[as some of you might have noticed, I accidentally clicked on “Publish” on my draft version, here is the full version of the post. Sorry about that]
A year ago I was writing about a few uncertainties that we faced while starting up Plataforma Tec and how we dealt with them. We know that we still have a lot to learn, but now that another 12 months have passed by we are feeling much more solid and confident about what we’re building.
As last year’s post, this will also be about sharing our thoughts and a few practices that have been helping us a lot in creating a company culture and leveraging our team into its best. I hope you enjoy and find them useful!
We believe that (…)
1)… mastering our work IS our work
We constantly tell people and customers “hire us only if you need a well developed application” (for example: a web application that will provide a revenue stream or will constantly have new features). This is one of our main assets and our main differentiation in this price competitive industry. Frankly, this strategy has been working fine for us but in order to keep it running this way, we are constantly looking for mastering our work all the time. Otherwise, if we don’t, there will be a great chance of losing our competitive edge.
2)… responsibility comes along with autonomy
In last year’s post we mentioned that we only hire professionals that we feel comfortable giving autonomy, but it’s important to remember that it must be used very carefully. So, although autonomy makes a great pair with the constant search for mastery, don’t forget to be very cautious when dealing with decisions that might have a great impact in your company. We usually handle this kind of situation with two simple practices:
- we show our team, in a very explicitly way, the goals and guidelines that should de followed;
- and we constantly gather the team to discuss important issues (see the item below).
3)… gathering the team to discuss problems is a great way to find solutions
Once in a while we face situations that are a bit more risky or complicated to be solved by our selves alone. They can be technical or design problems, a project management issue or even a simple warm-up for a business meeting. For all this we usually gather two or three team mates to ask for their opinion and discuss about the options that we might have.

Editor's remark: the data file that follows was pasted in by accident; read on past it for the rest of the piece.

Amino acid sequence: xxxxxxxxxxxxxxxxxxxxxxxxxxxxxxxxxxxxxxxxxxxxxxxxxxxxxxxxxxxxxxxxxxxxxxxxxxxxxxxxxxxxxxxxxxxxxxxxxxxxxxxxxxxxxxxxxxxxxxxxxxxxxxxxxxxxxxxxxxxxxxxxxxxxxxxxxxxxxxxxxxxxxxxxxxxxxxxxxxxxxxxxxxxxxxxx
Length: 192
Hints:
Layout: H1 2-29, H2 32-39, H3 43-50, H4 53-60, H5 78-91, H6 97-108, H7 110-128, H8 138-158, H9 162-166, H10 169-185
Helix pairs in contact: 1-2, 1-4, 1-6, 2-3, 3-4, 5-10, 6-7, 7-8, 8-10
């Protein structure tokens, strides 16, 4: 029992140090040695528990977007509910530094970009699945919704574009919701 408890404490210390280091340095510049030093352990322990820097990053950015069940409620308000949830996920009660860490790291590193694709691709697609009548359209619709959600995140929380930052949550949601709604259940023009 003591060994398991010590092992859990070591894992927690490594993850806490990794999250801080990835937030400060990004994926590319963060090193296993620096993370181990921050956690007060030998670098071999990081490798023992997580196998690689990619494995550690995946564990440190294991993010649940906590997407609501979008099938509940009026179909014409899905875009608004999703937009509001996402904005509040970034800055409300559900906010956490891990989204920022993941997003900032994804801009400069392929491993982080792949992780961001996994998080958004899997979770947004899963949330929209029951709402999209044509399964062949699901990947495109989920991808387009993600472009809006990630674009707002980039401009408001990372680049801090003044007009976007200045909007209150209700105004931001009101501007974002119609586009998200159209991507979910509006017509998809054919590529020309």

4)… projects managers shouldn’t delegate work or establish random deadlines. They should serve and protect the team from undesired noise.
In our company, projects managers, salesmen and organization leaders work together with developers and designers. We see it as a system that must work synchronized. Also, the actions of planning, estimating and taking decisions in a project should be made by the whole team (and not only by the manager). We found out that serious problems might arise when this system is desynchronized or made only by one person.
In our opinion, the manager role is to assure that developers and designers have the proper atmosphere to do their best. And by ‘proper atmosphere’ we mean that they have to provide the right tools (hw and sw), proper workplace, avoid useless interruptions and support the team when they get stuck with something.
5)… establishing roles is good and we avoid hierarchy levels
Some managers try to list and predict 100% of the problems that might happen in a project. Here at Plataforma Tec, we assume that it’s impossible to do so. Therefore the big deal is NOT about trying to predict and avoid 100% of the problems. The deal is to BE PREPARED TO REACT when a problem happens and trying to avoid the most obvious problems that could happen.
Ok, but what does it all have to do with Roles vs. Hierarchy?
Check this: if we are prepared to react to a problem, first we must DETECT the problem. Right?
So, that’s where hierarchy kicks in… there is a great chance that creating hierarchy levels will degrade the communication quality in you company. This is one of the reasons we avoid creating different levels here at Plataforma Tec. Instead, we prefer defining roles. Developers should develop, Managers should support, Salesmen should sell (but synced with the whole “system” mentioned in item “4”).
If you’re having trouble understanding the difference between Roles and Hierarchy, take a look at Scrum’s roles (as an example of definition of roles).
6)… business leaders must create the right policies to enable all the items above
All these practices won’t be effective if the organizational leaders don’t believe and provide the right policies to really enable them. Important notice: be careful not to confuse policies from impositions.
Well, this is a list of a few things that we’ve been doing and they have worked fine for us. Also, these six practices will work a lot better if implemented together, since they leverage each other.
I guess that’s it and I hope they’ll be useful or inspiring to others. Also, don’t forget to comment what you think about this small list of practices… Do you think they’ll work in your company?